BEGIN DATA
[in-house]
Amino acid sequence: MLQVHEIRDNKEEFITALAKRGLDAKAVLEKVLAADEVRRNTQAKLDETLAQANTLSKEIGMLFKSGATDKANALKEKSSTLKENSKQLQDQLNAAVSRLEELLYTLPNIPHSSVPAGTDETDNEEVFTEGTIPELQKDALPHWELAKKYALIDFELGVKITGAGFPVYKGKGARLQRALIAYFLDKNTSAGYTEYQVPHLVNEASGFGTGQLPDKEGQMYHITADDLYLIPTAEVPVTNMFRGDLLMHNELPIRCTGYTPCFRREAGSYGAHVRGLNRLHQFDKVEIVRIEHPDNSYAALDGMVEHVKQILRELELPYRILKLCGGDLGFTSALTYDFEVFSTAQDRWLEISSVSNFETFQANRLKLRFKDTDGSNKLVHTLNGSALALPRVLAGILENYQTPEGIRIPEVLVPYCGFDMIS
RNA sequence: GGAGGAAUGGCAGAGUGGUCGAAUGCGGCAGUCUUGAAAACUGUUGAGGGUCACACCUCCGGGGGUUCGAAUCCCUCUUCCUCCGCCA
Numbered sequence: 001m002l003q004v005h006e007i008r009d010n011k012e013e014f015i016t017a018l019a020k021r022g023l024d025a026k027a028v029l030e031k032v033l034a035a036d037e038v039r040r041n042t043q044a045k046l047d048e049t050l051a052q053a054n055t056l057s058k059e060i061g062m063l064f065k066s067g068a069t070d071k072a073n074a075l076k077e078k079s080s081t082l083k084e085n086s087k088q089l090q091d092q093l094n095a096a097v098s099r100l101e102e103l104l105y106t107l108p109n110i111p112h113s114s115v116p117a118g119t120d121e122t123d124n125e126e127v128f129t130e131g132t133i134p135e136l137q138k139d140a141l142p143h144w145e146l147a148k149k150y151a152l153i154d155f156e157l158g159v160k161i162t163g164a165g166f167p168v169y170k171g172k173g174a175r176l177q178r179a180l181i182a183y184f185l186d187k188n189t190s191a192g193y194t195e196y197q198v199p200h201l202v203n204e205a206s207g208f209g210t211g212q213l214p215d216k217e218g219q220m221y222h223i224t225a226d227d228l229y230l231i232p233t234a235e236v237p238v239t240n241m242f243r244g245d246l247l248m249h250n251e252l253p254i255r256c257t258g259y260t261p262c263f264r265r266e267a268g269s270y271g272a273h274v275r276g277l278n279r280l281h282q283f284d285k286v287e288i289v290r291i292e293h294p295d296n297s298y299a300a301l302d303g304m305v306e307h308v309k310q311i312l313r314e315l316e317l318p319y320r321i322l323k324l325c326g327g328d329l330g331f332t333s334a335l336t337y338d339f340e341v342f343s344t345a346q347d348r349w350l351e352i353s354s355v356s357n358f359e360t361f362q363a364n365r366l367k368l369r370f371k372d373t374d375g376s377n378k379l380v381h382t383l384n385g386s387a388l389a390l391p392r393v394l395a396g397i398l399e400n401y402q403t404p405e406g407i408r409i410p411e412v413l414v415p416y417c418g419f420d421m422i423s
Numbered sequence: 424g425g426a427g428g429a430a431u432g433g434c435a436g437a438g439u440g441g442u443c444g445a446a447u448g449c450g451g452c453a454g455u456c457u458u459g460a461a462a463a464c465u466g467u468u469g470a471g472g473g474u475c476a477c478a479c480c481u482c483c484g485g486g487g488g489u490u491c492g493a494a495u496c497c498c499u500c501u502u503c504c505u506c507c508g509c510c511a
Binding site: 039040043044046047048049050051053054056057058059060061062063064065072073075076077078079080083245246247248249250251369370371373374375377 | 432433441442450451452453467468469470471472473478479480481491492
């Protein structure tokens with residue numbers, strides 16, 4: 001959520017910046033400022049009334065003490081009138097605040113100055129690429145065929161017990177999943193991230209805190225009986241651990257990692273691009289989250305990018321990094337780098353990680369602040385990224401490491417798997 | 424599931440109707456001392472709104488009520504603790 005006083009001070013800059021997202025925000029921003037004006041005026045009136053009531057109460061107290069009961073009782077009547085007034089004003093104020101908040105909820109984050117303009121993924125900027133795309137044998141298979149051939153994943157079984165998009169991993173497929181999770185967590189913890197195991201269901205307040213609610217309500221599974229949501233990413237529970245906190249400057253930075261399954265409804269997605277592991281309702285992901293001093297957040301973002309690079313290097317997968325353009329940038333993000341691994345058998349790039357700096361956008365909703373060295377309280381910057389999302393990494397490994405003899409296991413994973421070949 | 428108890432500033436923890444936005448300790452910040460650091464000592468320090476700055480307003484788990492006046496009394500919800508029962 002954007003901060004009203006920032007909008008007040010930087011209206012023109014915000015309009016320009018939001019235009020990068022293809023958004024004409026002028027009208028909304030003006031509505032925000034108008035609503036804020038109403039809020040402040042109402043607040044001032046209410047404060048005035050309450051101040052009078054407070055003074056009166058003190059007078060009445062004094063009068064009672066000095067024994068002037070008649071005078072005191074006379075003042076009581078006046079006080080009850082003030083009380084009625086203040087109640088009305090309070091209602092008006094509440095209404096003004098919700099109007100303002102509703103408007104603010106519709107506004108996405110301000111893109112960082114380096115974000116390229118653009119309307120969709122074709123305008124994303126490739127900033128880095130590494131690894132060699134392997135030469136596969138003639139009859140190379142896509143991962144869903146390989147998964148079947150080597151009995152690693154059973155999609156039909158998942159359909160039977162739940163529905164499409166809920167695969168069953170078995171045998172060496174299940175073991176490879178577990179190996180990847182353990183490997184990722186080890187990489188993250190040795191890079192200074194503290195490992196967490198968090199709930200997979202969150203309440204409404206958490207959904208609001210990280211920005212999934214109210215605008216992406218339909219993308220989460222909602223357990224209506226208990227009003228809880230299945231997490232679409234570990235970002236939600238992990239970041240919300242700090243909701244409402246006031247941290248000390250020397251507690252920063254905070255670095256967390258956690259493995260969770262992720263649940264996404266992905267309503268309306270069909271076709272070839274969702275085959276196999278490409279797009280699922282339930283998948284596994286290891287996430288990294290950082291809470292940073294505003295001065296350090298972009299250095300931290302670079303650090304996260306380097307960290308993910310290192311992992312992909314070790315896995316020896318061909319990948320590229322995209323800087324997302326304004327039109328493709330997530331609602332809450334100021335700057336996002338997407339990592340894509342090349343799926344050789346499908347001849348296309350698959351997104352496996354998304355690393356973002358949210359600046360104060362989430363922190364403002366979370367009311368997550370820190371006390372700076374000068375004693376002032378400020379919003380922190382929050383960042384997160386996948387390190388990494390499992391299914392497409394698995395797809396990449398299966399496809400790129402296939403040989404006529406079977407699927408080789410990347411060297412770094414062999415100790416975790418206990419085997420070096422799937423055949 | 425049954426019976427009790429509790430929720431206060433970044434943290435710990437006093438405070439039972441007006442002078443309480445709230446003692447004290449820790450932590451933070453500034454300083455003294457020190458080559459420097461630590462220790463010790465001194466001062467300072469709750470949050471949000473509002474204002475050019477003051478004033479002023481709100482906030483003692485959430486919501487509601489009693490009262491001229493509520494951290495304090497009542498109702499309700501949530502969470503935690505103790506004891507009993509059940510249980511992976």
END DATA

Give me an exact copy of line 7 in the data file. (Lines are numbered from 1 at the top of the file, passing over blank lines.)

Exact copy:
């Protein structure tokens with residue numbers, strides 16, 4: 001959520017910046033400022049009334065003490081009138097605040113100055129690429145065929161017990177999943193991230209805190225009986241651990257990692273691009289989250305990018321990094337780098353990680369602040385990224401490491417798997 | 424599931440109707456001392472709104488009520504603790 005006083009001070013800059021997202025925000029921003037004006041005026045009136053009531057109460061107290069009961073009782077009547085007034089004003093104020101908040105909820109984050117303009121993924125900027133795309137044998141298979149051939153994943157079984165998009169991993173497929181999770185967590189913890197195991201269901205307040213609610217309500221599974229949501233990413237529970245906190249400057253930075261399954265409804269997605277592991281309702285992901293001093297957040301973002309690079313290097317997968325353009329940038333993000341691994345058998349790039357700096361956008365909703373060295377309280381910057389999302393990494397490994405003899409296991413994973421070949 | 428108890432500033436923890444936005448300790452910040460650091464000592468320090476700055480307003484788990492006046496009394500919800508029962 002954007003901060004009203006920032007909008008007040010930087011209206012023109014915000015309009016320009018939001019235009020990068022293809023958004024004409026002028027009208028909304030003006031509505032925000034108008035609503036804020038109403039809020040402040042109402043607040044001032046209410047404060048005035050309450051101040052009078054407070055003074056009166058003190059007078060009445062004094063009068064009672066000095067024994068002037070008649071005078072005191074006379075003042076009581078006046079006080080009850082003030083009380084009625086203040087109640088009305090309070091209602092008006094509440095209404096003004098919700099109007100303002102509703103408007104603010106519709107506004108996405110301000111893109112960082114380096115974000116390229118653009119309307120969709122074709123305008124994303126490739127900033128880095130590494131690894132060699134392997135030469136596969138003639139009859140190379142896509143991962144869903146390989147998964148079947150080597151009995152690693154059973155999609156039909158998942159359909160039977162739940163529905164499409166809920167695969168069953170078995171045998172060496174299940175073991176490879178577990179190996180990847182353990183490997184990722186080890187990489188993250190040795191890079192200074194503290195490992196967490198968090199709930200997979202969150203309440204409404206958490207959904208609001210990280211920005212999934214109210215605008216992406218339909219993308220989460222909602223357990224209506226208990227009003228809880230299945231997490232679409234570990235970002236939600238992990239970041240919300242700090243909701244409402246006031247941290248000390250020397251507690252920063254905070255670095256967390258956690259493995260969770262992720263649940264996404266992905267309503268309306270069909271076709272070839274969702275085959276196999278490409279797009280699922282339930283998948284596994286290891287996430288990294290950082291809470292940073294505003295001065296350090298972009299250095300931290302670079303650090304996260306380097307960290308993910310290192311992992312992909314070790315896995316020896318061909319990948320590229322995209323800087324997302326304004327039109328493709330997530331609602332809450334100021335700057336996002338997407339990592340894509342090349343799926344050789346499908347001849348296309350698959351997104352496996354998304355690393356973002358949210359600046360104060362989430363922190364403002366979370367009311368997550370820190371006390372700076374000068375004693376002032378400020379919003380922190382929050383960042384997160386996948387390190388990494390499992391299914392497409394698995395797809396990449398299966399496809400790129402296939403040989404006529406079977407699927408080789410990347411060297412770094414062999415100790416975790418206990419085997420070096422799937423055949 | 425049954426019976427009790429509790430929720431206060433970044434943290435710990437006093438405070439039972441007006442002078443309480445709230446003692447004290449820790450932590451933070453500034454300083455003294457020190458080559459420097461630590462220790463010790465001194466001062467300072469709750470949050471949000473509002474204002475050019477003051478004033479002023481709100482906030483003692485959430486919501487509601489009693490009262491001229493509520494951290495304090497009542498109702499309700501949530502969470503935690505103790506004891507009993509059940510249980511992976």